P. Anti-Predator Mechanisms. Hedeen (1972a) studied escape behavior in Minnesota and concluded that the usual response (+ 85%) of frogs to disturbance was to dive underwater and conceal themselves in mud or vegetation, remaining hidden for 30 s to 26 min. Upon returning to the surface, frogs remained wary, exposing only their eyes and snout above the water surface and diving again at the slightest disturbance. Vogt (1981) suggested that mink frogs give a warning cry when startled, but this vocalization, while characteristic of American bullfrogs, has not been observed by this author or by other mink frog researchers (D.F. McAlpine and S.E. Hedeen, personal communications, 2001). Presumably, the musky odor of the skin secretions is offensive to some predators (Vogt, 1981).

Q. Diseases. Red-leg (usually Aeromonas bacteria) has been reported (Hedeen, 1972a). The icosahedral frog erythrocytes virus (Iridoviridae) has been isolated from the cytoplasm of Ontario mink frogs (Gruia-Gray et al., 1989), as well as an icosahedral cytoplasmic virus in leukocytes (Desser, 1992). Malformations have been reported from several locations, with a marked increase in this phenomenon in the past decade (Wisconsin—supernumerary limbs, unresorbed or deformed tails, misplaced bony projections, underdeveloped digits, Robert DuBois, personal communication, 1996; Minnesota—over 40% malformation rates recorded, Hoppe, 1996). Investigations into causal agents of these malformations remain equivocal, but trematode parasites (Sessions and Ruth, 1990; Johnson et al., 1999; Sessions et al., 1999), chemical contaminants (Ouellet et al., 1997a; Gardiner and Hoppe, 1999), and UV-B light (Worrest and Kimeldorf, 1975; Long et al., 1995; Blaustein et al., 1997) are implicated.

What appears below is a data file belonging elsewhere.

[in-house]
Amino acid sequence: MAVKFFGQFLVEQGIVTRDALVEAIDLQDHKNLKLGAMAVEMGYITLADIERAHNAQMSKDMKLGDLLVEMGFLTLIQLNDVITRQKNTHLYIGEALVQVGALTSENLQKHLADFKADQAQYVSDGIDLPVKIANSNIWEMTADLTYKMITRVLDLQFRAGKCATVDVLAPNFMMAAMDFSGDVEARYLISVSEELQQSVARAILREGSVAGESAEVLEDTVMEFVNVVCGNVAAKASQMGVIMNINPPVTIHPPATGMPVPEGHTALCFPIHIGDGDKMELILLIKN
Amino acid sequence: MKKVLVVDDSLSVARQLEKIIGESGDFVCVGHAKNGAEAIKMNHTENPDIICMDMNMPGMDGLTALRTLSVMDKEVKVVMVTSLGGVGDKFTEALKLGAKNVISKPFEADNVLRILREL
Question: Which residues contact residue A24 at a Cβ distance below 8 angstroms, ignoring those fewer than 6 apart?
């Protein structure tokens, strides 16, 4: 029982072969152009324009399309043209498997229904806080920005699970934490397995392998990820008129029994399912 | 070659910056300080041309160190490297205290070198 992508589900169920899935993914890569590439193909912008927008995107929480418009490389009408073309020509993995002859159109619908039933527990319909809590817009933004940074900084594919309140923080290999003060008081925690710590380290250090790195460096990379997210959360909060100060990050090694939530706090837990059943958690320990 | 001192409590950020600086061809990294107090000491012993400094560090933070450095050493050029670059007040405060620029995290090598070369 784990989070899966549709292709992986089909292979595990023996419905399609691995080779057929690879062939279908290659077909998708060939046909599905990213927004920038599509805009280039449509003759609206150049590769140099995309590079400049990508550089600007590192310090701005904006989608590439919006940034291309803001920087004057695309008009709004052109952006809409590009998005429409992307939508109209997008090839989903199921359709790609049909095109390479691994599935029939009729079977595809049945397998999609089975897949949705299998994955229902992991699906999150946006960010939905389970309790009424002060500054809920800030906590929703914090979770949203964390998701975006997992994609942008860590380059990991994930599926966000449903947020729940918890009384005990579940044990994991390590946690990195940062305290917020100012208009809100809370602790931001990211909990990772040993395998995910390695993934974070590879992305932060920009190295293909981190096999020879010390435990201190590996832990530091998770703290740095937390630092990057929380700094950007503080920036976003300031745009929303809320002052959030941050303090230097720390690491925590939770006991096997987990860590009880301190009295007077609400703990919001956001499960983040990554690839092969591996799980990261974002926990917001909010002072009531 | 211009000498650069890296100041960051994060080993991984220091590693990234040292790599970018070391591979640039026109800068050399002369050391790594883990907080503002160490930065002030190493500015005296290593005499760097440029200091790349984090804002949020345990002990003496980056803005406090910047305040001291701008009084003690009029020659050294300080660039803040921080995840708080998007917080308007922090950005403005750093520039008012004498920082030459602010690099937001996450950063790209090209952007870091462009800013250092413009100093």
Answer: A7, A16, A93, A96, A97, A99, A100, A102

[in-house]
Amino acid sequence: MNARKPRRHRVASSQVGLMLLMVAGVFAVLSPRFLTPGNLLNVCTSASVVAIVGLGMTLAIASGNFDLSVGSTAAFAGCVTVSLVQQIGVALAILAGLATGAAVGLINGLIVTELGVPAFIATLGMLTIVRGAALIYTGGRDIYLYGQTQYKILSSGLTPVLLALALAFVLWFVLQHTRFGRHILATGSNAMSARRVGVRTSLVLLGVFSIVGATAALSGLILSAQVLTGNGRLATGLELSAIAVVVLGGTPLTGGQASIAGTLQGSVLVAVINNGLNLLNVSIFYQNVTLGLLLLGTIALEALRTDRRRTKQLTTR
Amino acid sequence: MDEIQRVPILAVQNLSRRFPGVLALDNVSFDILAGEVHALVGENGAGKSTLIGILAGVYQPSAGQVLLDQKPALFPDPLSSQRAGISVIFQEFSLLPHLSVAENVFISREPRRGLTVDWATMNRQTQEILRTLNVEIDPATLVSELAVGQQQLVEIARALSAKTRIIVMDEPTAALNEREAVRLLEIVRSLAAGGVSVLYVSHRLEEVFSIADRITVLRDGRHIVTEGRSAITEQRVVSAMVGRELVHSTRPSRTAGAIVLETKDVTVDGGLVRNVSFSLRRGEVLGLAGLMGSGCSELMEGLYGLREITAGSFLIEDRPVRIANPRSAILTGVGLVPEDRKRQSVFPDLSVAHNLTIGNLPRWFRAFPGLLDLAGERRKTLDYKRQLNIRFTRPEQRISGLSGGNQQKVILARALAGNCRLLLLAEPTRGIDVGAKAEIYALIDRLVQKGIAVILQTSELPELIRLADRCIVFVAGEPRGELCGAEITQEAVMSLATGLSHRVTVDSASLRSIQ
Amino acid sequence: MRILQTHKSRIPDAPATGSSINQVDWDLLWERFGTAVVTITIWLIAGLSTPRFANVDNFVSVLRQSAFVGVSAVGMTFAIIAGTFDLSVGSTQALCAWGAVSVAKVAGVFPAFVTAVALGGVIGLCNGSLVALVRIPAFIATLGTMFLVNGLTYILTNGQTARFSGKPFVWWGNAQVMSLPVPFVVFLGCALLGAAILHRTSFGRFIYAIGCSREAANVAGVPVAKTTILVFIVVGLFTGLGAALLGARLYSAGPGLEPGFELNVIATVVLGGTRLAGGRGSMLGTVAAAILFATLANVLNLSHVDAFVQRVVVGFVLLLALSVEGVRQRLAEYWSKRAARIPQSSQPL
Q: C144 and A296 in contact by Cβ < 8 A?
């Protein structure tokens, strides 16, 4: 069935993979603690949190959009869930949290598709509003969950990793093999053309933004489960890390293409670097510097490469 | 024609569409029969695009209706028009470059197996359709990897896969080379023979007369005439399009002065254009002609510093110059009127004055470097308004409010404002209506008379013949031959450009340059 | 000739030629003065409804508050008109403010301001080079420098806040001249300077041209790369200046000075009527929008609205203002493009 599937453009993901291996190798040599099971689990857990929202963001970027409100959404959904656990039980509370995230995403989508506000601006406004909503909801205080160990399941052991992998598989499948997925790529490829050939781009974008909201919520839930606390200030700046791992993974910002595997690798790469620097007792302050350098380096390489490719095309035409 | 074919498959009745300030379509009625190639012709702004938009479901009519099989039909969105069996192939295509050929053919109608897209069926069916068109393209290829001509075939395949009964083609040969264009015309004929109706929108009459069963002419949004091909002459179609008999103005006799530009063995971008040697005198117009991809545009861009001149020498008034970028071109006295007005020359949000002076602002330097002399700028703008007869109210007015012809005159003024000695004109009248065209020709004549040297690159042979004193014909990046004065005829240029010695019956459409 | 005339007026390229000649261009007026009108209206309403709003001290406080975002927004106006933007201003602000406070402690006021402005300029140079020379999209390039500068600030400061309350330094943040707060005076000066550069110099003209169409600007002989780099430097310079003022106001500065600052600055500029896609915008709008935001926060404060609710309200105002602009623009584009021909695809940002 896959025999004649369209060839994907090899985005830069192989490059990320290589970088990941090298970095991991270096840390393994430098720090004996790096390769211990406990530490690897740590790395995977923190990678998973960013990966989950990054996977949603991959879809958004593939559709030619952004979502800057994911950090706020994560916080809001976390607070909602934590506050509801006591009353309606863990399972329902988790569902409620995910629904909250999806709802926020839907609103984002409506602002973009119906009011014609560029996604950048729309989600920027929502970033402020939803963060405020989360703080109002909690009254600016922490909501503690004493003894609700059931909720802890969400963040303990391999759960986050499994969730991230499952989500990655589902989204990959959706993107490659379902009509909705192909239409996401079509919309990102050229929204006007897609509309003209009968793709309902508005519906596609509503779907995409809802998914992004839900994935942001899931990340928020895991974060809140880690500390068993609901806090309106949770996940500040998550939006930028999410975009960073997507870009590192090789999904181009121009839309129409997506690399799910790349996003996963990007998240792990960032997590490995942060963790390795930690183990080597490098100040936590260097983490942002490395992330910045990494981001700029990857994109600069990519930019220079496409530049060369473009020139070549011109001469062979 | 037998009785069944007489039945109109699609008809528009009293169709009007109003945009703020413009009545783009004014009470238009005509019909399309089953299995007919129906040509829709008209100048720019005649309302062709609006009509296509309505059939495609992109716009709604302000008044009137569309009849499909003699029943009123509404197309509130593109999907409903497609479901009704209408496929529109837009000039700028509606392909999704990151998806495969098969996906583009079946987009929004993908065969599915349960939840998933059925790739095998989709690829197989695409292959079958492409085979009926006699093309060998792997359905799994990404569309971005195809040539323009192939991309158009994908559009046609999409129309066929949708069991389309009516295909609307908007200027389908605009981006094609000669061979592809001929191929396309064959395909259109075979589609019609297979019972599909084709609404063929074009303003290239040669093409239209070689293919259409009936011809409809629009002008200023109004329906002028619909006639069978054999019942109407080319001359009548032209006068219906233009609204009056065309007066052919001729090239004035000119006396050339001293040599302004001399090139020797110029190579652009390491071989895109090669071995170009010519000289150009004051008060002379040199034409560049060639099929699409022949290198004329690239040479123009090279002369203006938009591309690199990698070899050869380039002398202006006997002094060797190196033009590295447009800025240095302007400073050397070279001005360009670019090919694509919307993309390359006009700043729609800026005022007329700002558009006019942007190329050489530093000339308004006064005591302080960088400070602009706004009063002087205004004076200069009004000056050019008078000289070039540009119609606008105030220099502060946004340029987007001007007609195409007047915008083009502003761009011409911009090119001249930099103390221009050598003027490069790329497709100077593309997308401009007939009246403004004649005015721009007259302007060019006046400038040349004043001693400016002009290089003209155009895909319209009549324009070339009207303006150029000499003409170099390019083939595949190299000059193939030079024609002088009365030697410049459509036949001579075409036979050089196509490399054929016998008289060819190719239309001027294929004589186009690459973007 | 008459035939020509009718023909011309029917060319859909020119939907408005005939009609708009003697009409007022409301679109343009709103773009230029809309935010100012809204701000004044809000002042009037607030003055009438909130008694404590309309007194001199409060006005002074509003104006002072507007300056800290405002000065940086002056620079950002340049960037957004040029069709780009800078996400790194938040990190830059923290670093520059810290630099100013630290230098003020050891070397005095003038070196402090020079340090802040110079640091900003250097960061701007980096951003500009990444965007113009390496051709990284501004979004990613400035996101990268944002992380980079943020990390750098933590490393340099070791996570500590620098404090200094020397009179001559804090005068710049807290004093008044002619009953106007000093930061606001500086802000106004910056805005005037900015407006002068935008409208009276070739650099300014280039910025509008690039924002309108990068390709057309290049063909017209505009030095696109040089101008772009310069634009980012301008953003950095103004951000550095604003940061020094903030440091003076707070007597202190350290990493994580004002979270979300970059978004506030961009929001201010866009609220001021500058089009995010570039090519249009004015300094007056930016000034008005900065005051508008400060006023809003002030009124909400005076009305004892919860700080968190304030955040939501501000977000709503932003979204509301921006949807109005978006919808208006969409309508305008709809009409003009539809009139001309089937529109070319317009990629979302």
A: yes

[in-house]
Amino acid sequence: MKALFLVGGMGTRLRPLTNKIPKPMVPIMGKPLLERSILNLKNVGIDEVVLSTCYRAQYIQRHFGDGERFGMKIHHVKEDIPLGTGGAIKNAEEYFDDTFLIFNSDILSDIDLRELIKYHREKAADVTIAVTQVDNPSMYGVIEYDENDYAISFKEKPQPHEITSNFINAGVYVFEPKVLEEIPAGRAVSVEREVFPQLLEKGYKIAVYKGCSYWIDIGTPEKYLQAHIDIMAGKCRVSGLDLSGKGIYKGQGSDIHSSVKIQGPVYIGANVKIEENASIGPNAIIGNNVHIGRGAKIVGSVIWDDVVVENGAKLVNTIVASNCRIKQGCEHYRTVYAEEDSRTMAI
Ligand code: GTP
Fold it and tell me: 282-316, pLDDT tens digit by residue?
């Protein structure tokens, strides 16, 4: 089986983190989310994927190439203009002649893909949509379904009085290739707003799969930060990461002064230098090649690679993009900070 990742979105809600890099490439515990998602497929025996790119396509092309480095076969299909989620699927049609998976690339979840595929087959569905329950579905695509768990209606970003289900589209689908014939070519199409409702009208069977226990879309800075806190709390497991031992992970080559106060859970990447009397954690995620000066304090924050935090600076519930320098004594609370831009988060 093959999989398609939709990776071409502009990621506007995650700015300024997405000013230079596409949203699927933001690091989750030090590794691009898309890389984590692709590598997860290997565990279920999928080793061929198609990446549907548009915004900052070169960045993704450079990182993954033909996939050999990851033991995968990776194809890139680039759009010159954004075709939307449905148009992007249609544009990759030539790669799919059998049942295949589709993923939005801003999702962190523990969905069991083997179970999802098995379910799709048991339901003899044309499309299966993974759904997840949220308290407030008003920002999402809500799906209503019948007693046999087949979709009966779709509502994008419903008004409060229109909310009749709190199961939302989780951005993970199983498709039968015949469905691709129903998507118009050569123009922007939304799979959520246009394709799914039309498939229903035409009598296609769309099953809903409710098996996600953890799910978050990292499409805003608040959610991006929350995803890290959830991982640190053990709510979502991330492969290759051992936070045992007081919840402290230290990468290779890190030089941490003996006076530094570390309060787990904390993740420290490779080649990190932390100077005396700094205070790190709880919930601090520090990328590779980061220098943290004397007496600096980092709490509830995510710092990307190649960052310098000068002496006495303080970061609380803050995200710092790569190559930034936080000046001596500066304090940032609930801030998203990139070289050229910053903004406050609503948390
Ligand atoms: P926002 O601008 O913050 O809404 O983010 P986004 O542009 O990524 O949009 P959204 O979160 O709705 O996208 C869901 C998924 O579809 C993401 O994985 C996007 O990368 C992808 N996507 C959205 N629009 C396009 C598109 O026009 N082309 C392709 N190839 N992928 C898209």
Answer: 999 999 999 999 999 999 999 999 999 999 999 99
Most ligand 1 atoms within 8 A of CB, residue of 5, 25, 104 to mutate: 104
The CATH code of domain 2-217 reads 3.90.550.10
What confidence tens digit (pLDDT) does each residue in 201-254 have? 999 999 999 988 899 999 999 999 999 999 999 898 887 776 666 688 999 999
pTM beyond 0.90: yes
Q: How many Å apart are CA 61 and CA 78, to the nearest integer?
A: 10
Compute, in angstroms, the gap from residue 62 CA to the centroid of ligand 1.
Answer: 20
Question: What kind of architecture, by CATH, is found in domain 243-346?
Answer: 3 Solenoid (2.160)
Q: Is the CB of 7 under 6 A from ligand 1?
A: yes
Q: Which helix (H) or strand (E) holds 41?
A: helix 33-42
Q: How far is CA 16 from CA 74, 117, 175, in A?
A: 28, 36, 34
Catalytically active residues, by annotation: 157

R. Parasites. Parasites reported include leeches (Macrobdella decora on adults and tadpoles, Hedeen, 1972a; Barta and Desser, 1984), opalinid ciliate infusorians (Opalina sp.: Metcalf, 1923), protozoans (coccidians, Chen and Desser, 1989; the hematozoan Lankesterella, Desser et al., 1990; Aegyptianella ranarum [Rickettsiales, Anaplasmataceae], Desser, 1987), and nematodes (giant kidney worm Dioctophyma renale, Mace and Anderson, 1975; microfilaria, presumably Foleyella sp., Barta and Desser, 1984).

4. Conservation. Range-wide, mink frog abundance appears to be unchanging. Threats include pesticides, acidification, and increased UV-B radiation. Repeated applications of the broad spectrum insecticide fenitrothion (0, 0-dimethyl 0-[4-nitor-m-tolyl] phosphorothioate), commonly used for spruce budworm (Choristoneura fumiferana) control, may adversely affect mink frog populations in forest ponds (McAlpine et al., 1998). The susceptibility of mink frog breeding ponds to pH depression resulting from atmospheric acid deposition is considered moderate (Schreiber and Newman, 1988). Because mink frogs thermoregulate by basking in the sun, they may be susceptible to damage to the skin and eyes from ultraviolet (UV-B) radiation, especially as UV-B levels increase in northern latitudes with continuing ozone depletion in the upper atmosphere. However, no data are available on UV-B susceptibility.

1Gary S. Casper
Great Lakes Ecological Services
PO Box 375
Slinger, WI 53086-0375

Literature references for Amphibian Declines: The Conservation Status of United States Species, edited by Michael Lannoo, are here.